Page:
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How to Defend the Indefensible

— April 1, 2024

Remember, a good and fair defense is not always about chasing an acquittal. It is about checking governmental authority and power and protecting us all.

Many high-profile criminal cases have made the headlines over the years. In some of these cases, the defendant seems irrefutably guilty, and many people question how they can possibly defend themselves. While it might seem futile to try to defend the seemingly indefensible, failing to do so may have greater legal implications than you realize.

All criminal defendants have a constitutional right to defend themselves, even the ones who are clearly guilty. These rights are built into the very foundation of our country’s legal system. Defending people who might have the entire deck stacked against them is necessary for several reasons. First, the defendant has a right to defend themselves. Second, we should not permit the government to assess criminal charges and sentence people to prison without having to overcome the most vigorous defense possible. Often, the goal is not to get defendants off the hook but to ensure the outcomes of their criminal trials are as fair and just as possible. If the government violates a person’s rights regarding how they defend themselves, the outcome of their case cannot possibly be just.

Everyone Has a Constitutional Right to Defend Themselves

People sometimes wonder why a trial is even necessary when the defendant is so obviously guilty. The answer to this question is actually very simple. No matter what, all criminal defendants are afforded a fair opportunity to defend themselves. Even when the evidence is clear, and the defendant will almost certainly be found guilty, they have the right to put up the best defense they can, and an Atlantic City criminal lawyer can assist.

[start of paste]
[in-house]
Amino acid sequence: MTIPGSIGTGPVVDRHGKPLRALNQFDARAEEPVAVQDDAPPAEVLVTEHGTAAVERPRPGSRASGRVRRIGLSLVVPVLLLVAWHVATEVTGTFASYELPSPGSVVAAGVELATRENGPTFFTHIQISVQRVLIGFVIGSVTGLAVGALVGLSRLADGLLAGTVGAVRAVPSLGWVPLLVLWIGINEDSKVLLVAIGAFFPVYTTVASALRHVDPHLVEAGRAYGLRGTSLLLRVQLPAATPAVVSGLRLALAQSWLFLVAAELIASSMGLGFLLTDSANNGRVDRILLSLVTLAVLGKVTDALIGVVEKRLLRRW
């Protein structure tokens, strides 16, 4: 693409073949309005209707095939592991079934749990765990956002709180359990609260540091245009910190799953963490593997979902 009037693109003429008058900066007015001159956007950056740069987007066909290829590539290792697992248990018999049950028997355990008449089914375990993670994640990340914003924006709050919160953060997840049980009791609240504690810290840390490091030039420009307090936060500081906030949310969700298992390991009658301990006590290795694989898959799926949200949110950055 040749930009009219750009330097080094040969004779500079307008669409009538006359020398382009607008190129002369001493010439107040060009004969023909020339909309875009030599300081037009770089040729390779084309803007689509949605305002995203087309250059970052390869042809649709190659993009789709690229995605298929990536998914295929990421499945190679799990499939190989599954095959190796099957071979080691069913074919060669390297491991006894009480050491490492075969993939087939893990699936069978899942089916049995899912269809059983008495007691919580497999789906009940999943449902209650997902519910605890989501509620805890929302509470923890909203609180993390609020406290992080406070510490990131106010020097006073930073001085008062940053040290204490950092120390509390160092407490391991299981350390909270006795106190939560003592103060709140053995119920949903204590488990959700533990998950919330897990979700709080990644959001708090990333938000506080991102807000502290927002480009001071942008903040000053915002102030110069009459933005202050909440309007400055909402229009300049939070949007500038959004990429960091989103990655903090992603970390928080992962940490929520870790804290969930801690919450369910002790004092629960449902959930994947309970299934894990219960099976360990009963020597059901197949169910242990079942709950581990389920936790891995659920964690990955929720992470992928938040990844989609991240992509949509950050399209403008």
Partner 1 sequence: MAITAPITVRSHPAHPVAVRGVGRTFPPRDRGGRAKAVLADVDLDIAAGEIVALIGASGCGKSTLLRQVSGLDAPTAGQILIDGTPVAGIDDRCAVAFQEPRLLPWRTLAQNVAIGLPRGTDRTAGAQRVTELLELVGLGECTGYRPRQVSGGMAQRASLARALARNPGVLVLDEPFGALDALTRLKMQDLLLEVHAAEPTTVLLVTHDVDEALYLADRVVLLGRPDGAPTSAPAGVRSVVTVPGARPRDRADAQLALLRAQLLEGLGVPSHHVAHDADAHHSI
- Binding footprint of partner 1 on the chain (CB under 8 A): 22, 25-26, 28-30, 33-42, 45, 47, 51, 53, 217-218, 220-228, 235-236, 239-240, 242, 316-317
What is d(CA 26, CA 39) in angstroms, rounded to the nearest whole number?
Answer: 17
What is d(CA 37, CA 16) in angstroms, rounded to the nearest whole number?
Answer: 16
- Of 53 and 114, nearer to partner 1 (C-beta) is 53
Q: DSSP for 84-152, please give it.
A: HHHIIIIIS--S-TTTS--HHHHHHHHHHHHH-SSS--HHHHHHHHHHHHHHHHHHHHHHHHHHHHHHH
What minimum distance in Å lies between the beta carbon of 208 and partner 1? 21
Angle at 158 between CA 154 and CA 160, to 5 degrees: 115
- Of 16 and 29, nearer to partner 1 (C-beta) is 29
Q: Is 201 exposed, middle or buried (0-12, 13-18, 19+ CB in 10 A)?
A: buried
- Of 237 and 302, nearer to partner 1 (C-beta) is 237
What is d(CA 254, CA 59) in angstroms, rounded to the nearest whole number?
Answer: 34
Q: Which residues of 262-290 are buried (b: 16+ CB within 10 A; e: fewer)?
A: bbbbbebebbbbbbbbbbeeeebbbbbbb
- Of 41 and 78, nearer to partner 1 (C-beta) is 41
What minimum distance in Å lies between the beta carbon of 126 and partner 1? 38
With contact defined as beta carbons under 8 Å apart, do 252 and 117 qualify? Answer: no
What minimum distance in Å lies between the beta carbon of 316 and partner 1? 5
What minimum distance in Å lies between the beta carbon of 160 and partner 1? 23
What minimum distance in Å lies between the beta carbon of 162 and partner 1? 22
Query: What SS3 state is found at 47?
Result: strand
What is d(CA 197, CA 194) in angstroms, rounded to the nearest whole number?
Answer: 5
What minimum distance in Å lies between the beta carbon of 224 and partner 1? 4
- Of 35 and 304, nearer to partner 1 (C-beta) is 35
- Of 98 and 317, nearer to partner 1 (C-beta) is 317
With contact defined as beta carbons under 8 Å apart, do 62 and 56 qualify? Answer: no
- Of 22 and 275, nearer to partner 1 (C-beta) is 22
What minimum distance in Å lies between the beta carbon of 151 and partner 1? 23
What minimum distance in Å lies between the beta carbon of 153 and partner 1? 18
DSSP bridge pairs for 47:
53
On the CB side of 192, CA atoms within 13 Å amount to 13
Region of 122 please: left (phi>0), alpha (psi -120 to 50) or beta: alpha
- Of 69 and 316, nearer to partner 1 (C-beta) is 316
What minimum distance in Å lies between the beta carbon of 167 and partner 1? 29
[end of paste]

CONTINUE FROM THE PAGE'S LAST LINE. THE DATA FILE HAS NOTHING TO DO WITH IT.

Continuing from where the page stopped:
This right is good because it protects you and gives you a fair opportunity to defend yourself. Taking this away from those we deem “indefensible” sets a dangerous precedent. Where is our society headed if we decide that some people may defend themselves against criminal charges but others may not? Everyone must be considered innocent until proven otherwise by a court of law.

This is also incredibly important for those who might seem guilty at first but are actually innocent. Many cases become major news stories because the alleged crimes are shocking, and the evidence is stacked against the defendant. However, the truth comes out in the courtroom, and the prosecutor’s case might not be as strong as everyone initially thought. Without this right to defend ourselves, innocent people might end up behind bars.

Make the Government Prove Their Claims

Defending those we might think are indefensible is about more than poking holes in the prosecutor’s case or trying to get the defendant acquitted, although these are possible legal strategies. In many ways, a good defense serves to check government authority and power. The authorities should not be able to charge anyone with a crime without affording them a fair chance to defend themselves.